The value stored at that position is obtained using dword ptr 124[ebx]. This is illustrated by the next three lines of code where the parameters are multiplied by the fpu (floating-point processor) and where the result is assigned to the local variable tmp.

042704DA: fild    dpt 12[ebp]  ; load value of param x into fpu
042704DD: fimul   dpt 16[ebp]  ; multiply by value in param y
042704E0: fistp   dpt 124[ebx] ; store result in tmp

The parameters x and y are accessed using the value in ebp as we will see.

Stack structure
When the procedure is called, the caller puts the parameters y and x on the stack, in reversed order. GB subroutines conform to the stdcall convention, which means that the parameters are pushed from right to left and that the subroutine corrects the stack before returning. Since y is the most right parameter it is pushed first, followed by the parameter at the left (here x). Then the CPU adds the return address on the stack and executes the subroutine.

From this point on the stack is prepared according the procedure’s entry code discussed above. The result can be viewed in the next picture:

The entry code saves the current values from the ebx and ebp registers on the stack. Then ebp is assigned the new esp value. Now ebp is used to address the parameters: parameter x is located at a positive offset of 12 bytes from the value in ebp; in assembly code 12[ebp]. Parameter y is 16 bytes up the stack relative to the value in ebp, in assembly code 16[ebp].

To address the parameters throughout the procedure ebp needs to remain constant during the execution of the procedure. The same is true for ebx that is used to address the local variables. We cannot use esp to reference both parameters and local variables because esp changes automatically during the execution of the procedure. (Although C/C++ compilers sometimes keep track of esp and address all stack variables using an offset to esp.)

Allocating and initializing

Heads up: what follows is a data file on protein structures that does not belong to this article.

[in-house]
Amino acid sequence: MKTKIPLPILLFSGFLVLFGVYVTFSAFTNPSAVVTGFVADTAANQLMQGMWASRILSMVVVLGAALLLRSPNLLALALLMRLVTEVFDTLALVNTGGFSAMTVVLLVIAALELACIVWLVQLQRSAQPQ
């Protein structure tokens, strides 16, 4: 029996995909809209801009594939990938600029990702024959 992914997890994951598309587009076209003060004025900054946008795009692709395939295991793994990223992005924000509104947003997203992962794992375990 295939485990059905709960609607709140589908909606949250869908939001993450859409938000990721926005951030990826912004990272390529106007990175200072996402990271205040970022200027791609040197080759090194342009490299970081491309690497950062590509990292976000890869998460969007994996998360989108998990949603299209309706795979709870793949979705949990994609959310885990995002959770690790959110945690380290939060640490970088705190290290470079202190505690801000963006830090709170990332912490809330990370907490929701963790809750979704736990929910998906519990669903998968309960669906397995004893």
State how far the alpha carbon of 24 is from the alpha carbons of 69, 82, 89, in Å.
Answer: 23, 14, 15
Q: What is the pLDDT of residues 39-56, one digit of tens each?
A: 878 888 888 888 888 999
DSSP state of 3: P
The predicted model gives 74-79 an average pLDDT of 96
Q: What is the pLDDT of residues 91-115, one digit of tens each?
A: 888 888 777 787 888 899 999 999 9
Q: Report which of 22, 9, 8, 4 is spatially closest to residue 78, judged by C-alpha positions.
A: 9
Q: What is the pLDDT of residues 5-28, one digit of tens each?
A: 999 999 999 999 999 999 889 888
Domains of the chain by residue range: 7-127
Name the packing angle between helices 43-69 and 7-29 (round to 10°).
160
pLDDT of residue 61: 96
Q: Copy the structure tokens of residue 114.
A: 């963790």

After the stackframe is established (mov ebp, esp) the next step requires the reservation of stackspace for local variables, see listing. The general idea, and described in most textbooks, is to subtract the required number of bytes from esp and then clear that piece of memory. In our sample esp would have to be decreased by 4 bytes (for the Long variable tmp) and then cleared by zero. Although GB produces the same effect, it proceeds a bit different.

Note that the first byte of the 32-bits local variable tmp is located at ebp-4. After creating the stackframe by mov ebp, esp the registers esp and ebp point to the same stack address. To reserve and initialize the 4 bytes below esp GB uses the instructions sub eax, eax / push eax.

Subtracting a register by itself results in zero. By pushing zero, now the value in eax, GB both reserves and initializes the local variable in one step. It prevents the additional step to first decrease esp explicitly. The technique to use push to reserve and initialize is typical for GB. The push eax can be repeated to clear and reserve all stack memory necessary for local variables. Thus, if the procedure would have contained two local variables of type long it would have had two push eax instructions.

Exit code
Before leaving the procedure the stack must be returned to the state it was when the procedure was entered. In addition, because of the stdcall convention, the procedure must remove the bytes necessary for the parameters (2 * 4 bytes for two long parameters). This is how its done:

042704E3:   mov     esp,ebp ; restore esp
042704E5:   pop     ebp     ; restore ebp
042704E6:   pop     ebx     ; restore ebx
042704E7:   ret     8       ; return, discarding parameters

When the program returned to the caller the registers that matter and must remain constant are restored. This makes sure the caller can use the correct ebp value to access its parameters and that ebx can be used to access its local variables.

Optimize using disassembly
Inspecting a procedure’s disassembly is useful to get an idea what’s going on underneath the GFA-BASIC statements. The example presented in this blog proves why. The example performs a multiplication of two integer parameters and stores the result in another integer. As you can see, the compiler generates floating-point assembly instructions to perform the math. Since all variables are of type Long, the compiler could have generated more efficient code using the integer multiplication instruction imul. However, the compiler generates integer instruction only for addition and subtraction operators. Now its up to the programmer to optimize this procedure by replacing the multiplication operator * by the Mul operator. The optimized procedure then becomes: